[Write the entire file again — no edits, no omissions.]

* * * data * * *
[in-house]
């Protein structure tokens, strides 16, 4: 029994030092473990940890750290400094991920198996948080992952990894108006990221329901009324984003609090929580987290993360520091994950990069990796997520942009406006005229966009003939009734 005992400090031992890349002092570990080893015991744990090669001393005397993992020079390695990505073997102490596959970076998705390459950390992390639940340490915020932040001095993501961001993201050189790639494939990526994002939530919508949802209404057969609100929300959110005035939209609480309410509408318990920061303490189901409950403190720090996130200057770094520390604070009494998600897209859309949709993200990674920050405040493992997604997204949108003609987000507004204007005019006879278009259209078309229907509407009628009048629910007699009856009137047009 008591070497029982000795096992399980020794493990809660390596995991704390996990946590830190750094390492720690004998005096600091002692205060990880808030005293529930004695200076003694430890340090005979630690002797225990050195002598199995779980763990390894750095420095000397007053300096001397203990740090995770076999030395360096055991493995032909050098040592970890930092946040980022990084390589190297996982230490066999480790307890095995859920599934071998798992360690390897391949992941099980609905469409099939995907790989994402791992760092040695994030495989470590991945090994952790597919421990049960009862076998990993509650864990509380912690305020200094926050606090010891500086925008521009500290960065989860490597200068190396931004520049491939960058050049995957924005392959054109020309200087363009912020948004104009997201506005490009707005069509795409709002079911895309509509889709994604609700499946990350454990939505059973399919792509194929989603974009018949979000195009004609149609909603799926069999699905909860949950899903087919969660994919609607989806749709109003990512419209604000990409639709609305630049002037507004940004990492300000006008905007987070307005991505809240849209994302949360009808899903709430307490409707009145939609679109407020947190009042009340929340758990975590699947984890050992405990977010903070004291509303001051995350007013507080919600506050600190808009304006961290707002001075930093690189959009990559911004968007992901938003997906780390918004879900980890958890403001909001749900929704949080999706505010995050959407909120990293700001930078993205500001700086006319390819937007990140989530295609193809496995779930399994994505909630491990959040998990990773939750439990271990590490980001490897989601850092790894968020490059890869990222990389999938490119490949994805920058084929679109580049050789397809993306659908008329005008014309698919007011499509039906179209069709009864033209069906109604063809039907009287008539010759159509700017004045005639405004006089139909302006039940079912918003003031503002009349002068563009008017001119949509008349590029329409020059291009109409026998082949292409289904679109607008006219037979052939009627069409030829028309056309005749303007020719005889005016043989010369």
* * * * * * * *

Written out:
[in-house]
């Protein structure tokens, strides 16, 4: 029994030092473990940890750290400094991920198996948080992952990894108006990221329901009324984003609090929580987290993360520091994950990069990796997520942009406006005229966009003939009734 005992400090031992890349002092570990080893015991744990090669001393005397993992020079390695990505073997102490596959970076998705390459950390992390639940340490915020932040001095993501961001993201050189790639494939990526994002939530919508949802209404057969609100929300959110005035939209609480309410509408318990920061303490189901409950403190720090996130200057770094520390604070009494998600897209859309949709993200990674920050405040493992997604997204949108003609987000507004204007005019006879278009259209078309229907509407009628009048629910007699009856009137047009 008591070497029982000795096992399980020794493990809660390596995991704390996990946590830190750094390492720690004998005096600091002692205060990880808030005293529930004695200076003694430890340090005979630690002797225990050195002598199995779980763990390894750095420095000397007053300096001397203990740090995770076999030395360096055991493995032909050098040592970890930092946040980022990084390589190297996982230490066999480790307890095995859920599934071998798992360690390897391949992941099980609905469409099939995907790989994402791992760092040695994030495989470590991945090994952790597919421990049960009862076998990993509650864990509380912690305020200094926050606090010891500086925008521009500290960065989860490597200068190396931004520049491939960058050049995957924005392959054109020309200087363009912020948004104009997201506005490009707005069509795409709002079911895309509509889709994604609700499946990350454990939505059973399919792509194929989603974009018949979000195009004609149609909603799926069999699905909860949950899903087919969660994919609607989806749709109003990512419209604000990409639709609305630049002037507004940004990492300000006008905007987070307005991505809240849209994302949360009808899903709430307490409707009145939609679109407020947190009042009340929340758990975590699947984890050992405990977010903070004291509303001051995350007013507080919600506050600190808009304006961290707002001075930093690189959009990559911004968007992901938003997906780390918004879900980890958890403001909001749900929704949080999706505010995050959407909120990293700001930078993205500001700086006319390819937007990140989530295609193809496995779930399994994505909630491990959040998990990773939750439990271990590490980001490897989601850092790894968020490059890869990222990389999938490119490949994805920058084929679109580049050789397809993306659908008329005008014309698919007011499509039906179209069709009864033209069906109604063809039907009287008539010759159509700017004045005639405004006089139909302006039940079912918003003031503002009349002068563009008017001119949509008349590029329409020059291009109409026998082949292409289904679109607008006219037979052939009627069409030829028309056309005749303007020719005889005016043989010369």